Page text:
- The Washington Times - Tuesday, June 12, 2001

Time peace

African advocacy groups are demanding the dismissal of the director of the U.S. Agency for International Development for "shockingly racist comments" for claiming that many Africans cannot tell time well enough to take anti-AIDS drugs.

The State Department yesterday sidestepped the controversy when asked about the statements of agency director Andrew Natsios in congressional testimony last week.

Africa Action, one of the largest pro-Africa groups in the United States, has called on Secretary of State Colin L. Powell to "repudiate" Mr. Natsios´ comments, which were also included in an interview in the Boston Globe.

"We are writing to express our deep sense of outrage at the shockingly racist comments made by … Natsios," Salih Booker, executive director of Africa Action, said in a letter to Mr. Powell.

The letter was also signed by the Rev. Wyatt Tee Walker of the Religious Action Network and Sharonann Lynch of the Health Global Access Project Coalition.

"We are writing to demand that you repudiate this offensive behavior. Someone such as Mr. Natsios, with such ignorant and bigoted views, does not belong in a policy-making position and should be fired."

Mr. Natsios told the House International Relations Committee on June 7 that the Bush administration intends to emphasize prevention of AIDS over treatment because of the difficulty of delivering medication in rural African areas with no health infrastructure.

He said anti-AIDS drugs require patients to take doses at specific times of the day.

In Africa, many "people do not know what watches or clocks are," he said. "They do not use Western means to tell time. They use the sun. These drugs have to be administered in certain sequences, at certain times during the day."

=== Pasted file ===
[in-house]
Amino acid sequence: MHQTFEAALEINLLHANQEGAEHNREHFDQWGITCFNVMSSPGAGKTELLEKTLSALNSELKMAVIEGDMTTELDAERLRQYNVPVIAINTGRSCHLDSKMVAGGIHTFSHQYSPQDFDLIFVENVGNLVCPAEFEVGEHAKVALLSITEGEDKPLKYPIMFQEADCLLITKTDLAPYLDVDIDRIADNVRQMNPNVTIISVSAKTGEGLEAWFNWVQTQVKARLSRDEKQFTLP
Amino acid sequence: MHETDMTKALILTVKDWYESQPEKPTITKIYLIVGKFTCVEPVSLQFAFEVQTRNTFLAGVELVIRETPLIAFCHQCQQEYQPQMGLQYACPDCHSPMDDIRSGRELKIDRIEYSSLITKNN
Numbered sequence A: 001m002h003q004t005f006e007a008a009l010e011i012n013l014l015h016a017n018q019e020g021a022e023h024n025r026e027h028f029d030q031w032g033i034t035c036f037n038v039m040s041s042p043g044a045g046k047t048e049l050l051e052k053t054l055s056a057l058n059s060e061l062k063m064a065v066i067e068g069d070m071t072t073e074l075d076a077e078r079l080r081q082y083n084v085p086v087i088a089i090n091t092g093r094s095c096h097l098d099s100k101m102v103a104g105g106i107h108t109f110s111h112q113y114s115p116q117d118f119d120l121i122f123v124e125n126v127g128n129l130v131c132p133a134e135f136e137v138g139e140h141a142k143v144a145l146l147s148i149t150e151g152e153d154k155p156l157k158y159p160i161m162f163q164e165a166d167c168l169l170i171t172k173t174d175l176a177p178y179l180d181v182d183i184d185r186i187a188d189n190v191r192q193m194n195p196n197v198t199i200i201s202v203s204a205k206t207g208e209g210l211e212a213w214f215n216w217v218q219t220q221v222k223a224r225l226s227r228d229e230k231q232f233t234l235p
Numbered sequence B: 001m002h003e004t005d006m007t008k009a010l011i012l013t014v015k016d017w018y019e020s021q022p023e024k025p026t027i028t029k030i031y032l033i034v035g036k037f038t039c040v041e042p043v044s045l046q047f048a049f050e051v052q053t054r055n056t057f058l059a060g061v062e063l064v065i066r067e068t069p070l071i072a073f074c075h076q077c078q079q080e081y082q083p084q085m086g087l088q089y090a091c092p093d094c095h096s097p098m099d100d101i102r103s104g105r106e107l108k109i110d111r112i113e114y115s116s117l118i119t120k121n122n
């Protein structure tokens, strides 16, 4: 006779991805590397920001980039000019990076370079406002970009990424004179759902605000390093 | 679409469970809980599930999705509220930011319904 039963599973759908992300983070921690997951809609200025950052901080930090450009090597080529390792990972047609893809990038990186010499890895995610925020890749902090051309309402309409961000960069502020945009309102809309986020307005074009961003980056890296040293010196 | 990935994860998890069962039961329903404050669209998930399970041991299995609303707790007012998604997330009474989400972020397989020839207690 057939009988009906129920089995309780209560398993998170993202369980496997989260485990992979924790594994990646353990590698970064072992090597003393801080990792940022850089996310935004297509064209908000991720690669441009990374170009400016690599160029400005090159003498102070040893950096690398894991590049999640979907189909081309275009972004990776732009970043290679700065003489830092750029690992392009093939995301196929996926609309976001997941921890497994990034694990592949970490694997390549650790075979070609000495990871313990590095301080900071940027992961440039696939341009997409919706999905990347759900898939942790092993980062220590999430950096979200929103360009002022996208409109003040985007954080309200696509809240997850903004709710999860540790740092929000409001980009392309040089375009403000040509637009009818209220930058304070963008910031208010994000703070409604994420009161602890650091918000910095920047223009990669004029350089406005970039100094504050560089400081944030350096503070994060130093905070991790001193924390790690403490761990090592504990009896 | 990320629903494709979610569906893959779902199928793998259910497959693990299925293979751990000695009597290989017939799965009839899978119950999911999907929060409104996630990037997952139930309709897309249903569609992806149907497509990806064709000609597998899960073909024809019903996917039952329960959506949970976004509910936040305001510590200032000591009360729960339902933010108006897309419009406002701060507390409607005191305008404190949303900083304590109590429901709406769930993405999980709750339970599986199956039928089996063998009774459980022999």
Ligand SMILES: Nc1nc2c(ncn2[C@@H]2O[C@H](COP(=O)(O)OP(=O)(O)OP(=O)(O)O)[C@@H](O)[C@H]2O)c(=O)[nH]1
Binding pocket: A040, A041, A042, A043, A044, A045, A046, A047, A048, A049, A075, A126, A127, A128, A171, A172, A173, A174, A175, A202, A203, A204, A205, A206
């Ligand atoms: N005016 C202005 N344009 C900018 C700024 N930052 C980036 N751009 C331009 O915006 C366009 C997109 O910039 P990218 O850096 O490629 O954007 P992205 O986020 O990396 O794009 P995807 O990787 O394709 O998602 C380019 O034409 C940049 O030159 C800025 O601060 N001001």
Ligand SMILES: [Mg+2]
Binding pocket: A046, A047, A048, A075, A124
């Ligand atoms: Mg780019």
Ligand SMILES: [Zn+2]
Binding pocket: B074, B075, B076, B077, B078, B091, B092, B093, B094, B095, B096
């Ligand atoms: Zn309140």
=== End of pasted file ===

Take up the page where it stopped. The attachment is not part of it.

In an interview with the Boston Globe on June 6, Mr. Natsios, who has dealt with African issues both as a bureau director in the agency and with World Vision, said many health care professionals in the United States do not understand the difficulty of working with African conflicts or the "lack of infrastructure, lack of doctors, lack of hospitals, lack of clinics, lack of electricity."

"Many people in Africa have never seen a clock or a watch their entire lives. … They know morning. They know noon. They know evening. They know the darkness at night.

"I'm sorry to be saying these things, but a lot of people … advocating these things have never worked in health care in rural areas in Africa or even in the cities."

A spokeswoman for Mr. Natsios yesterday said he meant no offense by his comments.

State Department spokesman Richard Boucher yesterday repeated administration policy when asked about Mr. Natsios´ comments.

He said the United States has spent $1.6 billion since 1986 to combat the global AIDS crisis.

"Our annual contribution is more than four times greater than the next largest donor," Mr. Boucher said.

Prevention, he added, "remains [the] number-one priority."

Japanese visit

Japanese Foreign Minister Makiko Tanaka will visit Secretary of State Colin L. Powell on June 18, according to reports out of Tokyo yesterday.

The State Department, however, said no date has been set for the meeting.

Japan´s Kyodo news service quoted government officials as confirming the date for Mrs. Tanaka´s Washington trip, which needs the approval of the Japanese parliament.

Mrs. Tanaka yesterday met with a parliamentary committee concerning the trip.

"The meeting [with Mr. Powell] is in the process of being arranged, and I think I can report to you about the result shortly," she told reporters.

Mrs. Tanaka said she wants to talk to Mr. Powell about the future of Japanese-U.S. relations and about U.S. plans for a national missile defense.

Mrs. Tanaka, Japan´s first female foreign minister, has clashed recently with Foreign Ministry bureaucrats, who have leaked details of her private conversations with other foreign leaders.

News reports say she has criticized the United States and objected to the missile defense. She has denied the reports and blamed bureaucrats angered by her plans to reform the Foreign Ministry.

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